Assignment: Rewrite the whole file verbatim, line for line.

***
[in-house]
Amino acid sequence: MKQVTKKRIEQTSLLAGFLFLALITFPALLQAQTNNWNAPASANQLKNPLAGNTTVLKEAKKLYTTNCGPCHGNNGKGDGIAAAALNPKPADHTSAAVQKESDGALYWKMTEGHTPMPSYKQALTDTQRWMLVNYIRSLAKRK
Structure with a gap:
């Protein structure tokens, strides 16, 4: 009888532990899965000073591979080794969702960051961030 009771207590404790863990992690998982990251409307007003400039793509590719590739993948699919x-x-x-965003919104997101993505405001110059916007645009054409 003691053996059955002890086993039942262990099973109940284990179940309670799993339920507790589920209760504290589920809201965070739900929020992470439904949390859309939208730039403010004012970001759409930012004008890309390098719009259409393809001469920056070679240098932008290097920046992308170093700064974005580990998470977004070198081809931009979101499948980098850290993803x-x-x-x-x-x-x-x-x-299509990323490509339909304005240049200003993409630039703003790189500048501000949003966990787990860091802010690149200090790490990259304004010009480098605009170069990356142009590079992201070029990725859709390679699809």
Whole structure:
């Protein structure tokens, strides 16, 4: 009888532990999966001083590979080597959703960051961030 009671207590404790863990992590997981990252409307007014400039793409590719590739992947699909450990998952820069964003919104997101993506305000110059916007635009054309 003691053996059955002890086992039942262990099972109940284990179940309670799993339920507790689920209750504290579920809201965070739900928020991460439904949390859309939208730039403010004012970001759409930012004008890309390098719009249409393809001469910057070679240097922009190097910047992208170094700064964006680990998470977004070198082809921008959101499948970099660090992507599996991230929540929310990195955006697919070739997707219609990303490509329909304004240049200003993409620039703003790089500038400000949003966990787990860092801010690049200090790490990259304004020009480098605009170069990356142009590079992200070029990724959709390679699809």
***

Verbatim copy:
[in-house]
Amino acid sequence: MKQVTKKRIEQTSLLAGFLFLALITFPALLQAQTNNWNAPASANQLKNPLAGNTTVLKEAKKLYTTNCGPCHGNNGKGDGIAAAALNPKPADHTSAAVQKESDGALYWKMTEGHTPMPSYKQALTDTQRWMLVNYIRSLAKRK
Structure with a gap:
């Protein structure tokens, strides 16, 4: 009888532990899965000073591979080794969702960051961030 009771207590404790863990992690998982990251409307007003400039793509590719590739993948699919x-x-x-965003919104997101993505405001110059916007645009054409 003691053996059955002890086993039942262990099973109940284990179940309670799993339920507790589920209760504290589920809201965070739900929020992470439904949390859309939208730039403010004012970001759409930012004008890309390098719009259409393809001469920056070679240098932008290097920046992308170093700064974005580990998470977004070198081809931009979101499948980098850290993803x-x-x-x-x-x-x-x-x-299509990323490509339909304005240049200003993409630039703003790189500048501000949003966990787990860091802010690149200090790490990259304004010009480098605009170069990356142009590079992201070029990725859709390679699809």
Whole structure:
């Protein structure tokens, strides 16, 4: 009888532990999966001083590979080597959703960051961030 009671207590404790863990992590997981990252409307007014400039793409590719590739992947699909450990998952820069964003919104997101993506305000110059916007635009054309 003691053996059955002890086992039942262990099972109940284990179940309670799993339920507790689920209750504290579920809201965070739900928020991460439904949390859309939208730039403010004012970001759409930012004008890309390098719009249409393809001469910057070679240097922009190097910047992208170094700064964006680990998470977004070198082809921008959101499948970099660090992507599996991230929540929310990195955006697919070739997707219609990303490509329909304004240049200003993409620039703003790089500038400000949003966990787990860092801010690049200090790490990259304004020009480098605009170069990356142009590079992200070029990724959709390679699809």